To the Editor:
A colorfully dressed man named Raad and his associate were making calls on people’s homes in the 7000 block of 18th Street in Grand Forks last week. When he called on my uncle he said that he was “with the Access people and was there to protect buyers from rising gas prices.”
He said he could give him a guaranteed rated for the next five years. My uncle was skeptical but found the man to be assertive that he knew what he was doing and was very positive about his “good company.”
He wasn’t really high pressure, just assertive. My uncle, who was still trying to figure out who he was, and asked if he was appointed by a politician or what. The man said he was more or less a division of the government. My uncle isn’t certain on the exact wording he used but it was to that effect.
He then asked to see my uncle’s FortisBC gas bill, so he could see if he was “protected or not.” He underlined the words “Delivery charges” on the bill and said that that showed that he was not “protected”.
He made some sketches on the back of the bill that where part of his explanation about how the gas business worked and how prices were subject to fluctuation, which he was there to protect my uncle from. Raad then convinced my uncle to sign their five year Green Residential Price Protection Plan at $6.89 per gigajoule (GJ).
After the man left my uncle had the presence of mind to question whether he had made the best decision and called me. Of particular concern to my uncle was whether this man was in fact a BC government representative.
A fast Google search for Access Gas Services gave me their web page which clearly shows that they are a normal for profit public company, and is most not part of the government in any way.
The rate you pay for gas on you FortisBC bill is broken up into eight different line items, with names like Delivery Charges, Commodity Charges, and Taxes and Fees.
The “protected” rate Raad sold my uncle directly affects only the “Cost of Gas” item, and was 2.3 times more than the current rate.
Fortis BC says: “This is similar to a homeowner locking into a mortgage at a fixed interest rate rather than a variable rate. The amount you pay over the life of the contract can be more or less than what you would be charged by FortisBC.” Typically “you commit to purchasing natural gas at a fixed rate for one to five years” and elsewhere Fortis likens these to cell phone contracts.
With that in mind I wanted to see what the cancelation fees were like. The Access web site indicates it will take at least 30 and more likely in excess of 60 days before you get the first bill reflecting the new rate. By that time you are well is well past the10 calendar day cancellation window, and now early cancellation penalties of almost $700 apply.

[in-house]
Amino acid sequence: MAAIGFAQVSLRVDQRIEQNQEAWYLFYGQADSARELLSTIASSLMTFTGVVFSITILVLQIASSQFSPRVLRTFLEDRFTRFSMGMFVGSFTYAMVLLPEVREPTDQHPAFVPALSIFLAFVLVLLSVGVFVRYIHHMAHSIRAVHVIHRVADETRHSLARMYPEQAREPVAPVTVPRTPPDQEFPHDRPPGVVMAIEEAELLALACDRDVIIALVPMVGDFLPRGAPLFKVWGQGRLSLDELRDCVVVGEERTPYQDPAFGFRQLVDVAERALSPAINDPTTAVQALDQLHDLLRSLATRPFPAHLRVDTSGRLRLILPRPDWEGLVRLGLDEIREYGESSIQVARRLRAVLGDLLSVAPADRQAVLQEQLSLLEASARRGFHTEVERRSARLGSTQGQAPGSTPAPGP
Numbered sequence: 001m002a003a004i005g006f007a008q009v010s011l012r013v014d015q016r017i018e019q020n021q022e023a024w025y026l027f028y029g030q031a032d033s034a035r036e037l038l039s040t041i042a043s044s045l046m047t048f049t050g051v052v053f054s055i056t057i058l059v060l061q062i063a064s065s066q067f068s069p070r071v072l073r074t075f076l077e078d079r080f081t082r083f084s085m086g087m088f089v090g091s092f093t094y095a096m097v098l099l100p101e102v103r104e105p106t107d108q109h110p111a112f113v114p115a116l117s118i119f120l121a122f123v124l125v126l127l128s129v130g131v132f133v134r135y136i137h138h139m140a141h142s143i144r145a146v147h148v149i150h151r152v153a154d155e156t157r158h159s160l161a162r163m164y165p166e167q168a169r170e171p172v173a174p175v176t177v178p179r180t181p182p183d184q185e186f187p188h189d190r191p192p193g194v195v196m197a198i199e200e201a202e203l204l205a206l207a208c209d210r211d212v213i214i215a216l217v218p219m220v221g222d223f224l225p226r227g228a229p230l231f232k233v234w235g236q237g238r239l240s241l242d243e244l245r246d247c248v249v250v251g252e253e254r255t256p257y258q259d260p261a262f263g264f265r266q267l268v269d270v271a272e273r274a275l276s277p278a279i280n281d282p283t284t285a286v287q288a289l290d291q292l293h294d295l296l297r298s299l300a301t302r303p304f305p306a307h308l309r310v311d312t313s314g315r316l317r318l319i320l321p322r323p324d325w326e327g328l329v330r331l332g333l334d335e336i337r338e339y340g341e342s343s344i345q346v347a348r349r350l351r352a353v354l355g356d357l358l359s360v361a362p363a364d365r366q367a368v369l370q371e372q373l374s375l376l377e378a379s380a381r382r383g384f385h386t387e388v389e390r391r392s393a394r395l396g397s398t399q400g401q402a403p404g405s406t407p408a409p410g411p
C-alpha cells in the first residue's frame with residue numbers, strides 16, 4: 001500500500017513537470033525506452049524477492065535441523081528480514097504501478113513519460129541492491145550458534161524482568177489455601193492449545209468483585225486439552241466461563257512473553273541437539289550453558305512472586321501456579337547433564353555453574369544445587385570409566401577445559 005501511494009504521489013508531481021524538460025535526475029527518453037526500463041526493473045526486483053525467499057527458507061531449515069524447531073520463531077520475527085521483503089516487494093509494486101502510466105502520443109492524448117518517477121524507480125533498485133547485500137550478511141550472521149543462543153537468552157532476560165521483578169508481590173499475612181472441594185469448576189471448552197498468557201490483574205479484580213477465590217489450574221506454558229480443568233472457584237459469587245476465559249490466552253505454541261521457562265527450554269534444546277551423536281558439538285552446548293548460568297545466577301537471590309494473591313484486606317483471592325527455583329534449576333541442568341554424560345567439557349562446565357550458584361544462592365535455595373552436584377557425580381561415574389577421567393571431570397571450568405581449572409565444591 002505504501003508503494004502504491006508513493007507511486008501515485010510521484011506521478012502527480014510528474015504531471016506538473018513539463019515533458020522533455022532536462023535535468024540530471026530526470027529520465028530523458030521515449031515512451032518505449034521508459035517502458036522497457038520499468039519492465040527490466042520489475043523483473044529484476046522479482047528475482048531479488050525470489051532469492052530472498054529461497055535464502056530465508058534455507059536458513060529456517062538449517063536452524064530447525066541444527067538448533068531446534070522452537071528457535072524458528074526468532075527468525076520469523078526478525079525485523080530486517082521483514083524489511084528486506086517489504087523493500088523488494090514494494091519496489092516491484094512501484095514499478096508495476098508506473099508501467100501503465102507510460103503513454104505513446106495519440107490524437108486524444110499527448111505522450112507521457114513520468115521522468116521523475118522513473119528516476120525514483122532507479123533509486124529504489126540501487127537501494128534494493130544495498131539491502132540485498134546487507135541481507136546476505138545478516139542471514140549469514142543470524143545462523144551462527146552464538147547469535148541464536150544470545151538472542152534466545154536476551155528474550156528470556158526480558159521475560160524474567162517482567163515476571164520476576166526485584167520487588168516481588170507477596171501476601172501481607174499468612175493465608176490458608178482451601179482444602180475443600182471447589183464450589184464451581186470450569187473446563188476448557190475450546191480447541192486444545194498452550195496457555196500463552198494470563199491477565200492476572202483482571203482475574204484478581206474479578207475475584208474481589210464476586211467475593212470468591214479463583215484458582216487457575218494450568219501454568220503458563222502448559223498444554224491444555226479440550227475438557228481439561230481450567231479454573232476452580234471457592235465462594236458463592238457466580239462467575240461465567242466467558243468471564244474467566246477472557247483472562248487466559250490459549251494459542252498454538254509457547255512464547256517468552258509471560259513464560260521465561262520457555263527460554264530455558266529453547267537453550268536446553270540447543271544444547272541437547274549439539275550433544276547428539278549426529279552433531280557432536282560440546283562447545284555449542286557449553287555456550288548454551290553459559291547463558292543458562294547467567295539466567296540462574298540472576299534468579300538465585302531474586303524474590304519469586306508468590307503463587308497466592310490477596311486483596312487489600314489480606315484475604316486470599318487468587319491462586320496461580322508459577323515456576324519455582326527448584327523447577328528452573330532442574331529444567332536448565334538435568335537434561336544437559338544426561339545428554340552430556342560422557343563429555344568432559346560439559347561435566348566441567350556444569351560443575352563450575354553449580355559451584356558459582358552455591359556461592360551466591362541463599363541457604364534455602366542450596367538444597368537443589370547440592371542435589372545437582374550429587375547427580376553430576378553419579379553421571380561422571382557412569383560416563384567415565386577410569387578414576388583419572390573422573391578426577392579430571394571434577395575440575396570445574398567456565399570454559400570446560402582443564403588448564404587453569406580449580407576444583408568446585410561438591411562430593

An additional concern is possible automatic renewals which have to be addressed within a narrow anniversary window if cancellation is desired by the consumer.
The concept of locking into a fixed rate rather than a variable rate largely comes down to your personal level of comfort when it comes to investments and gambling in general I suppose. I personally distrust guarantees as a marketing tool for the simple fact that any guarantee is only good as the company behind it.
We have all seen far too many large companies, even mega corporations, close their doors and pay out secured creditors and leave everyone else out of pocket.
I would certainly hope that Access is solvent right now, and of course they are quite happy to take their profits by selling you a commodity at 2.3 times the current market rate, but what happens when the market dictates a $10 per GJ or higher rate? What prevents profits from having been paid out as wages and bonuses, or in some other manner siphoned off as we’ve seen so often lately, and the customers without anyone to back the deal they made with the company?
I take issue with people with nothing more than an easily imitated company badge hanging around their neck coming to my door and asking for personal information that gives them everything needed to gain access to my Fortis account and its history. That has the basics of identity theft written all over it.
So was my uncle scammed? Legally speaking the BC law allows companies to market fixed rate agreements. Whether you should be “protected” is up to each individual, but I have to agree with the Vancouver Sun of June 7, 2007 that the average consumer is not anywhere near sophisticated enough to make informed decisions on complicated agreements like these.
Issues such as salespeople posing as government representatives and failing to make the contract crystal clear are unacceptable and need to be brought to the BC Utilities Commission as a gas marketer Code of Conduct complaints.
The above are my personal observations and concerns on the matter and in no way constitute advice, legal or otherwise.
Grand Forks, B.C.